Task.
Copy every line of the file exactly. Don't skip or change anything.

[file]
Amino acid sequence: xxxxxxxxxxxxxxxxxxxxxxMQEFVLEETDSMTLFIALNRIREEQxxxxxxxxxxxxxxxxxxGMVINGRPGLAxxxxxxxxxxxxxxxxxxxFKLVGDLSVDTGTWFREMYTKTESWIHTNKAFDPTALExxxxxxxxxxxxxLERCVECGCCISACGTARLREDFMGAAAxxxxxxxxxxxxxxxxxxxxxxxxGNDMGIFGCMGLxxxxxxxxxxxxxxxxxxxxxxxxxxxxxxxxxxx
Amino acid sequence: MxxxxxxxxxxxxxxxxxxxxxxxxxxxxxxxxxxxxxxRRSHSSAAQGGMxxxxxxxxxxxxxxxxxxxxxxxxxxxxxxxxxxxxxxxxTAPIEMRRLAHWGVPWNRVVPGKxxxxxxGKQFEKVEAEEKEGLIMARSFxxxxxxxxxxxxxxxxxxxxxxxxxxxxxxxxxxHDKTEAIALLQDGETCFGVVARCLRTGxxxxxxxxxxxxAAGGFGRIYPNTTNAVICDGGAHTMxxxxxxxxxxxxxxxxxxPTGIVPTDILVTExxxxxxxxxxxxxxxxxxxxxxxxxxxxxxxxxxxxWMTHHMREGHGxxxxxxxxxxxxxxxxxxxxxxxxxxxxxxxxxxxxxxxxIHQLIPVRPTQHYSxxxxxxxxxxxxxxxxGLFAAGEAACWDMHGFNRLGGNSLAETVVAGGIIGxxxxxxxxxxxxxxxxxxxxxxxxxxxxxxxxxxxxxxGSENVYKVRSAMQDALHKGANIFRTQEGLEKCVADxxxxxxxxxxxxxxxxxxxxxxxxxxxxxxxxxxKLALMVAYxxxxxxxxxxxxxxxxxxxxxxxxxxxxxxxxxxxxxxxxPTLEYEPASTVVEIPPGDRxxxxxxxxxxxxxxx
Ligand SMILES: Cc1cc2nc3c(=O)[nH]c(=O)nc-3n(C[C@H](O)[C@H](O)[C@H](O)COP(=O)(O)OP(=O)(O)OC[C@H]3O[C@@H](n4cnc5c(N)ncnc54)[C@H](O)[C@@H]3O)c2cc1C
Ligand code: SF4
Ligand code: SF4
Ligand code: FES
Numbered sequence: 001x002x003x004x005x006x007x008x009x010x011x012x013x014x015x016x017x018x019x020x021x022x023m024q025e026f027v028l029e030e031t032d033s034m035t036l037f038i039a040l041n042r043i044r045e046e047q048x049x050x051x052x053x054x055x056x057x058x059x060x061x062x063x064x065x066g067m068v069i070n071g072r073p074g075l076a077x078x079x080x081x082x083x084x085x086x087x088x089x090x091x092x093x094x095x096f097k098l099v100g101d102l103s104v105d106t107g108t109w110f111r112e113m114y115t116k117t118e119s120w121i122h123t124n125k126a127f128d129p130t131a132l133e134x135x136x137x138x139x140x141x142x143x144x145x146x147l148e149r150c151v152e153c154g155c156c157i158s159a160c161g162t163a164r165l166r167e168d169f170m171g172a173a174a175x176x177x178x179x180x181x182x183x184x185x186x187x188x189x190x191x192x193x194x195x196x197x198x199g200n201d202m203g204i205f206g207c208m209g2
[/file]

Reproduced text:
Amino acid sequence: xxxxxxxxxxxxxxxxxxxxxxMQEFVLEETDSMTLFIALNRIREEQxxxxxxxxxxxxxxxxxxGMVINGRPGLAxxxxxxxxxxxxxxxxxxxFKLVGDLSVDTGTWFREMYTKTESWIHTNKAFDPTALExxxxxxxxxxxxxLERCVECGCCISACGTARLREDFMGAAAxxxxxxxxxxxxxxxxxxxxxxxxGNDMGIFGCMGLxxxxxxxxxxxxxxxxxxxxxxxxxxxxxxxxxxx
Amino acid sequence: MxxxxxxxxxxxxxxxxxxxxxxxxxxxxxxxxxxxxxxRRSHSSAAQGGMxxxxxxxxxxxxxxxxxxxxxxxxxxxxxxxxxxxxxxxxTAPIEMRRLAHWGVPWNRVVPGKxxxxxxGKQFEKVEAEEKEGLIMARSFxxxxxxxxxxxxxxxxxxxxxxxxxxxxxxxxxxHDKTEAIALLQDGETCFGVVARCLRTGxxxxxxxxxxxxAAGGFGRIYPNTTNAVICDGGAHTMxxxxxxxxxxxxxxxxxxPTGIVPTDILVTExxxxxxxxxxxxxxxxxxxxxxxxxxxxxxxxxxxxWMTHHMREGHGxxxxxxxxxxxxxxxxxxxxxxxxxxxxxxxxxxxxxxxxIHQLIPVRPTQHYSxxxxxxxxxxxxxxxxGLFAAGEAACWDMHGFNRLGGNSLAETVVAGGIIGxxxxxxxxxxxxxxxxxxxxxxxxxxxxxxxxxxxxxxGSENVYKVRSAMQDALHKGANIFRTQEGLEKCVADxxxxxxxxxxxxxxxxxxxxxxxxxxxxxxxxxxKLALMVAYxxxxxxxxxxxxxxxxxxxxxxxxxxxxxxxxxxxxxxxxPTLEYEPASTVVEIPPGDRxxxxxxxxxxxxxxx
Ligand SMILES: Cc1cc2nc3c(=O)[nH]c(=O)nc-3n(C[C@H](O)[C@H](O)[C@H](O)COP(=O)(O)OP(=O)(O)OC[C@H]3O[C@@H](n4cnc5c(N)ncnc54)[C@H](O)[C@@H]3O)c2cc1C
Ligand code: SF4
Ligand code: SF4
Ligand code: FES
Numbered sequence: 001x002x003x004x005x006x007x008x009x010x011x012x013x014x015x016x017x018x019x020x021x022x023m024q025e026f027v028l029e030e031t032d033s034m035t036l037f038i039a040l041n042r043i044r045e046e047q048x049x050x051x052x053x054x055x056x057x058x059x060x061x062x063x064x065x066g067m068v069i070n071g072r073p074g075l076a077x078x079x080x081x082x083x084x085x086x087x088x089x090x091x092x093x094x095x096f097k098l099v100g101d102l103s104v105d106t107g108t109w110f111r112e113m114y115t116k117t118e119s120w121i122h123t124n125k126a127f128d129p130t131a132l133e134x135x136x137x138x139x140x141x142x143x144x145x146x147l148e149r150c151v152e153c154g155c156c157i158s159a160c161g162t163a164r165l166r167e168d169f170m171g172a173a174a175x176x177x178x179x180x181x182x183x184x185x186x187x188x189x190x191x192x193x194x195x196x197x198x199g200n201d202m203g204i205f206g207c208m209g2